‘Alternative’ providers

iStock_000005459157_ExtraSmall‘Alternative providers’ are defined as providers of higher education in England which are not publicly funded by the Higher Education Funding Council for England.

They may seek to have their courses designated for Student Loan Company purposes. For such courses a maximum tuition-fee loan is set at £6,000.

‘Degree-awarding powers’ and ‘University title’

Providers of higher education may apply for ‘degree-awarding powers’ through a process overseen by the Quality Assurance Agency.  In the case of alternative providers these powers are granted for six years and are renewable on a satisfactory institutional audit by the QAA. The grant is made by the Privy Council on the advice of the QAA.

‘University title’, which is permanent, may be gained by two routes. One requires the consent of the Privy Council on the advice of the QAA.  The other, open only to registered companies, involves application to Companies House, which considers whether the use of the ‘sensitive word’ university is appropriate.


The University of Law

The University of Law was granted ‘university title’  in 2012,  and ceased to be a charity and became a for-profit provider when it was taken over by Montagu Private Equity.

Regent’s University

Regent’s University, a not-for-profit enterprise, gained degree-awarding powers in 2012 and  ‘university title’ in June 2013.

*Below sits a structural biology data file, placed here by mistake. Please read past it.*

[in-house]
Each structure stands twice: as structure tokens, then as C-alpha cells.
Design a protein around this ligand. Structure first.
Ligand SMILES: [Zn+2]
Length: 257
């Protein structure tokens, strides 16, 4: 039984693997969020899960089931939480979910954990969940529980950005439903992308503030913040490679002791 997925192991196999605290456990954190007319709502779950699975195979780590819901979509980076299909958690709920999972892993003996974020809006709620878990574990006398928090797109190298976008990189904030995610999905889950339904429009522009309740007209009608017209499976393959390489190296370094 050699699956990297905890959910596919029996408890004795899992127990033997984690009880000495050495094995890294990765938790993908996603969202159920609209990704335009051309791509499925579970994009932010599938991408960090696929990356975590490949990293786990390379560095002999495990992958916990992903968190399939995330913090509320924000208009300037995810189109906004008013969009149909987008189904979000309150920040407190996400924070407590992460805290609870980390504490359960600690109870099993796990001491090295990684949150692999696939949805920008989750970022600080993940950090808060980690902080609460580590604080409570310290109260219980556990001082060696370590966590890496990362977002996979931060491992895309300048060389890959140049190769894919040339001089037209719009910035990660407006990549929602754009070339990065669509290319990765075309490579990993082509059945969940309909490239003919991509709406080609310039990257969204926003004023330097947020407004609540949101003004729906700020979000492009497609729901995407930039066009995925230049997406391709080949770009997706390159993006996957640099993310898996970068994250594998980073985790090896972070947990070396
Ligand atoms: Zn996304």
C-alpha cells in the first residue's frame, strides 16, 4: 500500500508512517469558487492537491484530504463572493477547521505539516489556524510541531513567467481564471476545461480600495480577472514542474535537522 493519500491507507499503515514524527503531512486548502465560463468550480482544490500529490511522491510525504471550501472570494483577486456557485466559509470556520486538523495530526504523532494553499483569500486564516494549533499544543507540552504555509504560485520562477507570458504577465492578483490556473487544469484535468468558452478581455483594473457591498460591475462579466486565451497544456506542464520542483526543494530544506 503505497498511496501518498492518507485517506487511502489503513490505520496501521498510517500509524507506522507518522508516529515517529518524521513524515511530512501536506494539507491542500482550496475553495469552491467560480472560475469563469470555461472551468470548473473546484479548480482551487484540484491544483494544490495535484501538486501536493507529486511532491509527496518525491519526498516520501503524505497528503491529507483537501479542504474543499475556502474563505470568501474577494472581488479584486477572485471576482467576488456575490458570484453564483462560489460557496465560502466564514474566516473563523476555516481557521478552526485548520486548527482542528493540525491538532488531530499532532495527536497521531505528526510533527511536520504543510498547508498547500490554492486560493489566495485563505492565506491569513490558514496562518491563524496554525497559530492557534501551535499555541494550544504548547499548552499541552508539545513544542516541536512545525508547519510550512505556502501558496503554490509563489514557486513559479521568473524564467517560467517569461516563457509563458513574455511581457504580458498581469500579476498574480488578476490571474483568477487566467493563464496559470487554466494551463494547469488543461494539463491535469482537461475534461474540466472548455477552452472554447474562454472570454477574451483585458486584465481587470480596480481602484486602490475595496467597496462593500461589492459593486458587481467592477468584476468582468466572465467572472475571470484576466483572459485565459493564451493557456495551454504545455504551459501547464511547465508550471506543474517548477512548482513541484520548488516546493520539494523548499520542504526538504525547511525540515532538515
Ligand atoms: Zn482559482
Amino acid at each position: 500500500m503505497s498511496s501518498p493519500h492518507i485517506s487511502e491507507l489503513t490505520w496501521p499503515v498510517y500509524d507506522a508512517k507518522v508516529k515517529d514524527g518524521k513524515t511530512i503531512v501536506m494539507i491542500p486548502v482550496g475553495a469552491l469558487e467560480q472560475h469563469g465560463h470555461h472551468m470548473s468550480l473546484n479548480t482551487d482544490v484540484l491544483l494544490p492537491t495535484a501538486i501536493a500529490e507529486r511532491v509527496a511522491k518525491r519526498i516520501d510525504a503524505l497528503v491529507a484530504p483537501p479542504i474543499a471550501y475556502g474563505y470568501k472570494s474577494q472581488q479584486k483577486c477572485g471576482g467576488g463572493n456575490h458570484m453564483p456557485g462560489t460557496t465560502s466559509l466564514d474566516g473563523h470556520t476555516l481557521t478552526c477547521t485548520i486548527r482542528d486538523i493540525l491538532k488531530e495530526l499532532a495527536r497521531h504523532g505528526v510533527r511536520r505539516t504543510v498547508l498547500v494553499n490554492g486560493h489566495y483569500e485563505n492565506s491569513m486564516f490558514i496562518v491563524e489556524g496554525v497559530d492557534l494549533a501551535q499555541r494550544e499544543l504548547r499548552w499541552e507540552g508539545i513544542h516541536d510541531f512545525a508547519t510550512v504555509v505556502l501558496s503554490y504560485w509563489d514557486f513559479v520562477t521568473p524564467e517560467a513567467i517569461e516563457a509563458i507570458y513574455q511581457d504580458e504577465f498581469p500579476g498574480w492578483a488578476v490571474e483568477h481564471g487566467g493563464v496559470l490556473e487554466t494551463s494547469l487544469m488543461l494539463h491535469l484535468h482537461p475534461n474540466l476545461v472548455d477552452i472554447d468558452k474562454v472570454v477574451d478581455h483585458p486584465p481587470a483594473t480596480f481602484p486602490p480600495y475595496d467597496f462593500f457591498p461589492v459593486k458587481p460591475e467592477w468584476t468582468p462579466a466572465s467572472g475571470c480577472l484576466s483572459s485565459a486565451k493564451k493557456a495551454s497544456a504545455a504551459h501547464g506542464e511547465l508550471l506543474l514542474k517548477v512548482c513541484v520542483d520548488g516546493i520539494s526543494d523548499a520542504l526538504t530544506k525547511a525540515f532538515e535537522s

BPP University

BPP is a ‘private provider’ of higher education which gained temporary degree-awarding powers in 2007 and ‘university title’ in 2013.  It describes itself in this way:

BPP University is a separate legal entity and division within the wider BPP Professional Education group. BPP University has its own separate governance and regulatory structure reflecting the national importance of BPP University as a degree awarding body approved by the UK’s Privy Council.

It offers ‘student advice’ but no complaints procedure for students on its website.

‘The ten little newbies’

A number of small higher education providers were granted ‘university title’ as part of the post-2011 ‘reforms’, when the number of students required to be a ‘university’ was reduced.


Course designation for Student Loan Company purposes

Higher education providers that are not funded by HEFCE  still need to go through the specific course designation process. Details of this process can be found at


and at


Points to bear in mind

Students will wish to explore the kinds of course and the experience offered by these new providers and compare it with what they might receive elsewhere.

The long-term sustainability of these new ventures remained untested. Students will need to be confident that the degree they received will have continuing currency and a sound reputation for the rest of their lives.